Large Sparse Quadratic Program, Problem-Based
This example shows the value of using sparse arithmetic when you have a sparse problem. The matrix has
n rows, where you choose
n to be a large value, and a few nonzero diagonal bands. A full matrix of size
n can use up all available memory, but a sparse matrix presents no problem.
The problem is to minimize
x'*H*x/2 + f'*x subject to
x(1) + x(2) + ... + x(n) <= 0,
f = [-1;-2;-3;...;-n].
H is a sparse symmetric banded matrix.
Create Sparse Quadratic Matrix
Create a symmetric circulant matrix
H based on shifts of the vector
[3,6,2,14,2,6,3], with 14 being on the main diagonal. Have the matrix be
n = 30,000.
n = 3e4; H2 = speye(n); H = 3*circshift(H2,-3,2) + 6*circshift(H2,-2,2) + 2*circshift(H2,-1,2)... + 14*H2 + 2*circshift(H2,1,2) + 6*circshift(H2,2,2) + 3*circshift(H2,3,2);
View the sparse matrix structure.
Create Optimization Variables and Problem
Create an optimization variable
x and problem
x = optimvar('x',n); qprob = optimproblem;
Create the objective function and constraints. Place the objective and constraints into
f = 1:n; obj = 1/2*x'*H*x - f*x; qprob.Objective = obj; cons = sum(x) <= 0; qprob.Constraints = cons;
Solve the quadratic programming problem using the default '
interior-point-convex' algorithm and sparse linear algebra. To keep the solver from stopping prematurely, set the
StepTolerance option to
options = optimoptions('quadprog','Algorithm','interior-point-convex',... 'LinearSolver','sparse','StepTolerance',0); [sol,fval,exitflag,output,lambda] = solve(qprob,'Options',options);
Minimum found that satisfies the constraints. Optimization completed because the objective function is non-decreasing in feasible directions, to within the value of the optimality tolerance, and constraints are satisfied to within the value of the constraint tolerance. <stopping criteria details>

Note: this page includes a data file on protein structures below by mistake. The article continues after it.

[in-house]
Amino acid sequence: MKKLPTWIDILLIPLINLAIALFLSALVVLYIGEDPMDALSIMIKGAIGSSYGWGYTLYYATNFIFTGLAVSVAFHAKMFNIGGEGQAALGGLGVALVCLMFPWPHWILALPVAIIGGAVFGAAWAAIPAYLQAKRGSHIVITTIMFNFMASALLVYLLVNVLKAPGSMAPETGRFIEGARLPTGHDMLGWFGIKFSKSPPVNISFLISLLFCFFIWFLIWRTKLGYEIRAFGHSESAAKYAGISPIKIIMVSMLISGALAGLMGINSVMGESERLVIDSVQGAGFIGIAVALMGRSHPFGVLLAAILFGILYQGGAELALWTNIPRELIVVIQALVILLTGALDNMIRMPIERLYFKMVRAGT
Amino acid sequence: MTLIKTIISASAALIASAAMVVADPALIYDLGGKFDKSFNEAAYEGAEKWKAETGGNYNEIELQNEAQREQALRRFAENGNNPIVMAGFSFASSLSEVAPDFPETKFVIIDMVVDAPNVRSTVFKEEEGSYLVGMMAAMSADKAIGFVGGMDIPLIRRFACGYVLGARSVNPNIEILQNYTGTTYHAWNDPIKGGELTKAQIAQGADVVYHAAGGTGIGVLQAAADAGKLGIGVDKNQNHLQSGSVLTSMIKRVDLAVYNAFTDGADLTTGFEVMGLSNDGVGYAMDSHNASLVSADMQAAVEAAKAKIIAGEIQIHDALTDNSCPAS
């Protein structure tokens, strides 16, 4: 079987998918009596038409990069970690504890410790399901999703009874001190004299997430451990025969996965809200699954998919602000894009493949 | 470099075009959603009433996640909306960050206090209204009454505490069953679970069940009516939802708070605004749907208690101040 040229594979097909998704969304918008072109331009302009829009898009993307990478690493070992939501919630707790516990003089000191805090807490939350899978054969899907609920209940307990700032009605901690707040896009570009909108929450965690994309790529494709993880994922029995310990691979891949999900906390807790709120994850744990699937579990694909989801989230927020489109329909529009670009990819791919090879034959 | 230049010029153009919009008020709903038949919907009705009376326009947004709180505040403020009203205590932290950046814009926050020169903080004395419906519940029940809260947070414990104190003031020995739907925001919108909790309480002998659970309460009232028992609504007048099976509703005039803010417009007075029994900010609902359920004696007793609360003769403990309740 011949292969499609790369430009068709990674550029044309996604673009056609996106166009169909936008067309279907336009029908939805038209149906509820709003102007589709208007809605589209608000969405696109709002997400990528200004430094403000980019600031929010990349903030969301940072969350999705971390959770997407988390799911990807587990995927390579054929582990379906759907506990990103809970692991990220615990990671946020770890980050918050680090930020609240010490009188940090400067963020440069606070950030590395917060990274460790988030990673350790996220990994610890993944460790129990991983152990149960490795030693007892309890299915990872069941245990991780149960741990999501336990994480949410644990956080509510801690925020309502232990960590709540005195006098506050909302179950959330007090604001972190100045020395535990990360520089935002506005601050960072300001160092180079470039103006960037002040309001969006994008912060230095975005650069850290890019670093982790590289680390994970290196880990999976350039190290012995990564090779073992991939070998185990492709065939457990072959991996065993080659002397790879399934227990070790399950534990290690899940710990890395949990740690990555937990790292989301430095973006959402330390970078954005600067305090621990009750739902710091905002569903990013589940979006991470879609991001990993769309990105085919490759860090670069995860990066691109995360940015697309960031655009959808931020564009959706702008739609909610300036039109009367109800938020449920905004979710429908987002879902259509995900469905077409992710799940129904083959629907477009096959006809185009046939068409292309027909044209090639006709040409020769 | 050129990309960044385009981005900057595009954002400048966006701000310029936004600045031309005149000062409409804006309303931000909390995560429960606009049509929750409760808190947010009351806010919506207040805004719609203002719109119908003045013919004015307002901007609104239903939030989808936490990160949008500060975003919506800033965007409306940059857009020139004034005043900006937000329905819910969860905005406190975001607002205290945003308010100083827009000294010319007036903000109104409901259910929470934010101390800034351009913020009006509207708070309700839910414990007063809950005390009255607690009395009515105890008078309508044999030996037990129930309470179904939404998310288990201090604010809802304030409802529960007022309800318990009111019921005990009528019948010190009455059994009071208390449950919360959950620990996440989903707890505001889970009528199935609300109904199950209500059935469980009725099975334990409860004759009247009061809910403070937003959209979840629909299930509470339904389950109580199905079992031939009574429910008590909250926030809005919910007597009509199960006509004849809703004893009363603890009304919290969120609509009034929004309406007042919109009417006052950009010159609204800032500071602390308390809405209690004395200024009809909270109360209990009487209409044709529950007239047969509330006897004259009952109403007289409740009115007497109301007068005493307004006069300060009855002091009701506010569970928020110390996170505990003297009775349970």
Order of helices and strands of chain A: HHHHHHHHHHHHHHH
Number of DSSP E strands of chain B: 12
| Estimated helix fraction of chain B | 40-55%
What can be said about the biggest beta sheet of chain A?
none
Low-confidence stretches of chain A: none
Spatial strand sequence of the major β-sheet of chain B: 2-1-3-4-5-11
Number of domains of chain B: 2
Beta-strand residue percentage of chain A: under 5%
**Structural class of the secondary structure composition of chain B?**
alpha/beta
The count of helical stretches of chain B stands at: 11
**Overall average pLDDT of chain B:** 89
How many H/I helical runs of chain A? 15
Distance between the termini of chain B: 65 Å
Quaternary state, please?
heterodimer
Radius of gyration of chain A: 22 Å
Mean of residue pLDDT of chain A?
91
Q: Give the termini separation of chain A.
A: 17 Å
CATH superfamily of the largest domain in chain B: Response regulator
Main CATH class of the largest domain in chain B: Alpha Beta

View the objective function value, number of iterations, and Lagrange multiplier associated with the linear inequality constraint.
fprintf('The objective function value is %d.\nThe number of iterations is %d.\nThe Lagrange multiplier is %d.\n',... fval,output.iterations,lambda.Constraints)
The objective function value is -3.133073e+10. The number of iterations is 7. The Lagrange multiplier is 1.500050e+04.
Evaluate the constraint to see that the solution is on the boundary.
fprintf('The linear inequality constraint sum(x) has value %d.\n',sum(sol.x))
The linear inequality constraint sum(x) has value 7.599738e-09.
The sum of the solution components is zero to within tolerances.
x has three regions: an initial portion, a final portion, and an approximately linear portion over most of the solution. Plot the three regions.
subplot(3,1,1) plot(sol.x(1:60)) title('x(1) Through x(60)') subplot(3,1,2) plot(sol.x(61:n-60)) title('x(61) Through x(n-60)') subplot(3,1,3) plot(sol.x(n-59:n)) title('x(n-59) Through x(n)')